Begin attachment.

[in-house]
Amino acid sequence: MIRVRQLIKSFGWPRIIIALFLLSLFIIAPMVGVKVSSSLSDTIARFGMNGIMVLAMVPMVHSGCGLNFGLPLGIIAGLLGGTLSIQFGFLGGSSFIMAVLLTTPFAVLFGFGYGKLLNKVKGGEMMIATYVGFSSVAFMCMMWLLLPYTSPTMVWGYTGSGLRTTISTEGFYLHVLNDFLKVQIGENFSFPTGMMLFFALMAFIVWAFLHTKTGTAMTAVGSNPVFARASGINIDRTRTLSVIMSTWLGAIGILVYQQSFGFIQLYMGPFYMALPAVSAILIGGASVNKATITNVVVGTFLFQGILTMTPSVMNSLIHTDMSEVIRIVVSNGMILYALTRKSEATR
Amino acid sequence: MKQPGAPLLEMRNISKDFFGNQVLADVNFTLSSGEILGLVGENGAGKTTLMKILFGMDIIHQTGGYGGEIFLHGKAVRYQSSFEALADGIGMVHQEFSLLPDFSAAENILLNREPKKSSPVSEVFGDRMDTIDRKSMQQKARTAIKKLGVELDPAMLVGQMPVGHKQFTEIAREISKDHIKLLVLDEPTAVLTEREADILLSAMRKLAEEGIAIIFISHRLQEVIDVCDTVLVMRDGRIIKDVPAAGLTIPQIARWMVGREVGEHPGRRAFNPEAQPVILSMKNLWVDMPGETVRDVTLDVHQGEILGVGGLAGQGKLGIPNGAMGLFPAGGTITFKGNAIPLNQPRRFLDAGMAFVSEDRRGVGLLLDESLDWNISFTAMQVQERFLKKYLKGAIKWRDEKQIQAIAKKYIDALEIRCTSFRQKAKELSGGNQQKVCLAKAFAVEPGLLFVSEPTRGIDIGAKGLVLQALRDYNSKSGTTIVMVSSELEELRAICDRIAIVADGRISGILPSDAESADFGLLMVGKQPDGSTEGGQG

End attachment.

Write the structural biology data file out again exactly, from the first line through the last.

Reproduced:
[in-house]
Amino acid sequence: MIRVRQLIKSFGWPRIIIALFLLSLFIIAPMVGVKVSSSLSDTIARFGMNGIMVLAMVPMVHSGCGLNFGLPLGIIAGLLGGTLSIQFGFLGGSSFIMAVLLTTPFAVLFGFGYGKLLNKVKGGEMMIATYVGFSSVAFMCMMWLLLPYTSPTMVWGYTGSGLRTTISTEGFYLHVLNDFLKVQIGENFSFPTGMMLFFALMAFIVWAFLHTKTGTAMTAVGSNPVFARASGINIDRTRTLSVIMSTWLGAIGILVYQQSFGFIQLYMGPFYMALPAVSAILIGGASVNKATITNVVVGTFLFQGILTMTPSVMNSLIHTDMSEVIRIVVSNGMILYALTRKSEATR
Amino acid sequence: MKQPGAPLLEMRNISKDFFGNQVLADVNFTLSSGEILGLVGENGAGKTTLMKILFGMDIIHQTGGYGGEIFLHGKAVRYQSSFEALADGIGMVHQEFSLLPDFSAAENILLNREPKKSSPVSEVFGDRMDTIDRKSMQQKARTAIKKLGVELDPAMLVGQMPVGHKQFTEIAREISKDHIKLLVLDEPTAVLTEREADILLSAMRKLAEEGIAIIFISHRLQEVIDVCDTVLVMRDGRIIKDVPAAGLTIPQIARWMVGREVGEHPGRRAFNPEAQPVILSMKNLWVDMPGETVRDVTLDVHQGEILGVGGLAGQGKLGIPNGAMGLFPAGGTITFKGNAIPLNQPRRFLDAGMAFVSEDRRGVGLLLDESLDWNISFTAMQVQERFLKKYLKGAIKWRDEKQIQAIAKKYIDALEIRCTSFRQKAKELSGGNQQKVCLAKAFAVEPGLLFVSEPTRGIDIGAKGLVLQALRDYNSKSGTTIVMVSSELEELRAICDRIAIVADGRISGILPSDAESADFGLLMVGKQPDGSTEGGQG